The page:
Pre-procedure 3-month Post-procedure P-value of paired sample t-test P-value of Pearson’s correlation test
ASD diameters (mm)
Vertical 15.06 ± 4.95      
Horizontal 12.84 ± 3.12      
Oblique 16.17 ± 4.29      
ASD rims (mm)
Sufficient all rims 24 (77.42 %)      
Deficient posterior rim 4 (12.9 %)      
Deficient superior rim 3 (9.7 %)      
QP/QS ratio by echocardiography 1.7 ± 1.69      
LVEF (%) 67.44 ± 4.64 67.74 ± 4.78 0.071 0.067
ESPAP (mmHg) 31.55 ± 3.17 20.71 ± 3.24 <0.001* 0.025*
RA diameters (mm)        
Long axis 35.83 ± 4.39 31.90 ± 3.70 <0.001* 0.012*
Short axis 31.11 ± 3.94 25.41 ± 3.83 <0.001* 0.017*
RV end-diastolic diameters (mm)
Long axis 46.24 ± 7.15 38.74 ± 4.60 <0.001* 0.001*
Short axis 30.19 ± 3.83 25.46 ± 3.47 <0.001* 0.001*
TAPSE (mm) 14.32 ± 1.44 20.32 ± 1.57 <0.001* 0.003*
FAC (%) 33.31 ± 11.14 39.15 ± 18.17 <0.001* <0.001*
RV global longitudinal strain (GLS) (%) -17.26 ± 2.32 -24.79 ± 3.41 <0.001*  

Table 2: Echocardiographic parameters and right ventricular (RV) global longitudinal strain (GLS) pre and 3-month post Atrial Septal Defects (ASDs) closure of the studied patients.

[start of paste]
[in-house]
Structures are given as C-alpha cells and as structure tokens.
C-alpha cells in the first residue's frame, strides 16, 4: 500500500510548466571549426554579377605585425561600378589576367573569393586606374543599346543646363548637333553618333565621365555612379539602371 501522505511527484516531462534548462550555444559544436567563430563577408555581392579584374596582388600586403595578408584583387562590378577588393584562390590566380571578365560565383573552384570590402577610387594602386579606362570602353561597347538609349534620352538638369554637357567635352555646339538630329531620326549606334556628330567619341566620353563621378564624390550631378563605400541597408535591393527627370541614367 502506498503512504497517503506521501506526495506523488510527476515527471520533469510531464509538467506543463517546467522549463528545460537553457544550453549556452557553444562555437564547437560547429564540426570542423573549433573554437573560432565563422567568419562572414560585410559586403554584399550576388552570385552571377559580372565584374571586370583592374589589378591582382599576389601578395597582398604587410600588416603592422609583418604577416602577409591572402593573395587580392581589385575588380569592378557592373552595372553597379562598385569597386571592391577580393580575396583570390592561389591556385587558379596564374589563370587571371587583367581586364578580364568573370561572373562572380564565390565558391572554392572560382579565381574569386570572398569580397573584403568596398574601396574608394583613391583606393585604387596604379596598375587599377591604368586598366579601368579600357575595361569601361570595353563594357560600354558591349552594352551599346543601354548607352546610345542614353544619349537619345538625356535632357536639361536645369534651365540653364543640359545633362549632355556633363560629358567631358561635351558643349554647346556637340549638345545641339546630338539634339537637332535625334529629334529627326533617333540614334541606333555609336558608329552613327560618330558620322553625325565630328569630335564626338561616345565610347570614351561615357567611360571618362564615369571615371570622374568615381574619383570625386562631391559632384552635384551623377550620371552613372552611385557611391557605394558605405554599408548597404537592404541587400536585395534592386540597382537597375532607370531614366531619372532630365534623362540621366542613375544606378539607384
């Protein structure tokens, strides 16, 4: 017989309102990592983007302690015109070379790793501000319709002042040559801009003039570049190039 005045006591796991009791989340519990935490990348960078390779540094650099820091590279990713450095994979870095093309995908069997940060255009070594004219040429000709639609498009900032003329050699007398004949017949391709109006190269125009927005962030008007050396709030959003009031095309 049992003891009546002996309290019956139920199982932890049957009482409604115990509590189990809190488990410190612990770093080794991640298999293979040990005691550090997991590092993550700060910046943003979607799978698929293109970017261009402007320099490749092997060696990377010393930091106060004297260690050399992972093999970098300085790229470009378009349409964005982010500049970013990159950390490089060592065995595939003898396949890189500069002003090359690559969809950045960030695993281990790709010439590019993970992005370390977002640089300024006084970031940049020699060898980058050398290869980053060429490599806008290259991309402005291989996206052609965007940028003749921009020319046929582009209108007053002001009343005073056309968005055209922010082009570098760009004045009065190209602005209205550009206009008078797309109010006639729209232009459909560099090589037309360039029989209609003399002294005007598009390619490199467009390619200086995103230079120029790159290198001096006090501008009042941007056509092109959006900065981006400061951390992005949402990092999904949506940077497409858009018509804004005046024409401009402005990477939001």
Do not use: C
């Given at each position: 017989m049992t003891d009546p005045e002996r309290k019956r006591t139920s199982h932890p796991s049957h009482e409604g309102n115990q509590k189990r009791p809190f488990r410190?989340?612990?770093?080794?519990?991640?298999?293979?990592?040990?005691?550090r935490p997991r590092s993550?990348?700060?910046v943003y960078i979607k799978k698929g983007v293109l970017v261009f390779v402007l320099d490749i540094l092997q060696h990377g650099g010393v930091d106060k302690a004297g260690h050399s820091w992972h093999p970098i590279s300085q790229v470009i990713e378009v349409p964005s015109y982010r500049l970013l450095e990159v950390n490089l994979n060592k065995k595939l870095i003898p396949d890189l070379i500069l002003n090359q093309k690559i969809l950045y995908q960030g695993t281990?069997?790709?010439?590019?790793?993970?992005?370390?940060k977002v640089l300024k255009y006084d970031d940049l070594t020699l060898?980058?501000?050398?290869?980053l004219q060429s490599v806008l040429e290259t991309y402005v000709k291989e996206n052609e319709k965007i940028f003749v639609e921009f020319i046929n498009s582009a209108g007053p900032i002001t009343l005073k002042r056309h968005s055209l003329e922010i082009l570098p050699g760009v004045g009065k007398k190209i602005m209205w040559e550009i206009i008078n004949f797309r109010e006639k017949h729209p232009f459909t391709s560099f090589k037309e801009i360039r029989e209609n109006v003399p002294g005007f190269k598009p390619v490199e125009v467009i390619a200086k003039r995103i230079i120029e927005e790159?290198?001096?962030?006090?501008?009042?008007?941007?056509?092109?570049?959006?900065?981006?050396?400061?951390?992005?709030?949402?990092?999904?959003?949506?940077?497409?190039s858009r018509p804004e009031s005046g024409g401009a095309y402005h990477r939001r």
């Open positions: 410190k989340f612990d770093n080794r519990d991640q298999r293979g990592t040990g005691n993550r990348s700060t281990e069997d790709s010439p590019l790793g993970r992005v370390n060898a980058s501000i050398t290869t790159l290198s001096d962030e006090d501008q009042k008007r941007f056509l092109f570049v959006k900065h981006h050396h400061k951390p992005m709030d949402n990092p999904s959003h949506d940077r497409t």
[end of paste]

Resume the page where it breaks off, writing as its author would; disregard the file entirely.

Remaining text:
Speckle tracking global longitudinal strain analysis

Three-month post ASD device closure, RV-GLS improved significantly from -17.26% ± 2.32% to -24.79% ± 3.41% (P<0.001*) [Figure (1), and Figure (2) showed speckle tracking RV global longitudinal strain in two children with secundum ASDs pre and 3-month post device closure respectively]. Correlation analysis was measured using those changes post- and pre-ASD parameters. The correlation analysis showed a significant negative correlation between RV-GLS with RA diameter (P=0.012* for long axis, and 0.017* for short axis), RV diameter (P<0.001* for long and short axes), and ESPAP (P=0.025*). Also, there was a significant positive correlation between RV-GLS with TAPSE (P=0.003*) and FAC (P<0.001). However, there was no significant correlation among RV-GLS with LV Ejection Fraction (LVEF) (P=0.067) (Table 2).

Figure 1: Speckle tracking Right Ventricular (RV) longitudinal strain curves pre-percutaneous device closure. Longitudinal strain curves in eleven years old boy with secundum Atrial Septal Defect (ASD) measuring 24 mm × 23 mm × 26 mm before device closure. Two-dimensional Speckle Tracking Echocardiography (STE) analysis; software captured the myocardial movement of RV automatically, and longitudinal systolic strain curves of each segment were obtained. The RV strain curves included apical, mid-, and basal free wall strains and apical, mid-, and basal septal strains. RV-GLS (shown as GS) of -18.6 % was calculated offline by the software.
Abbreviations: ASD: Atrial septal defect, GLS: Global longitudinal systolic strain, GS: Global Strain, RV: Right Ventricle, STE: Speckle Tracking Echocardiography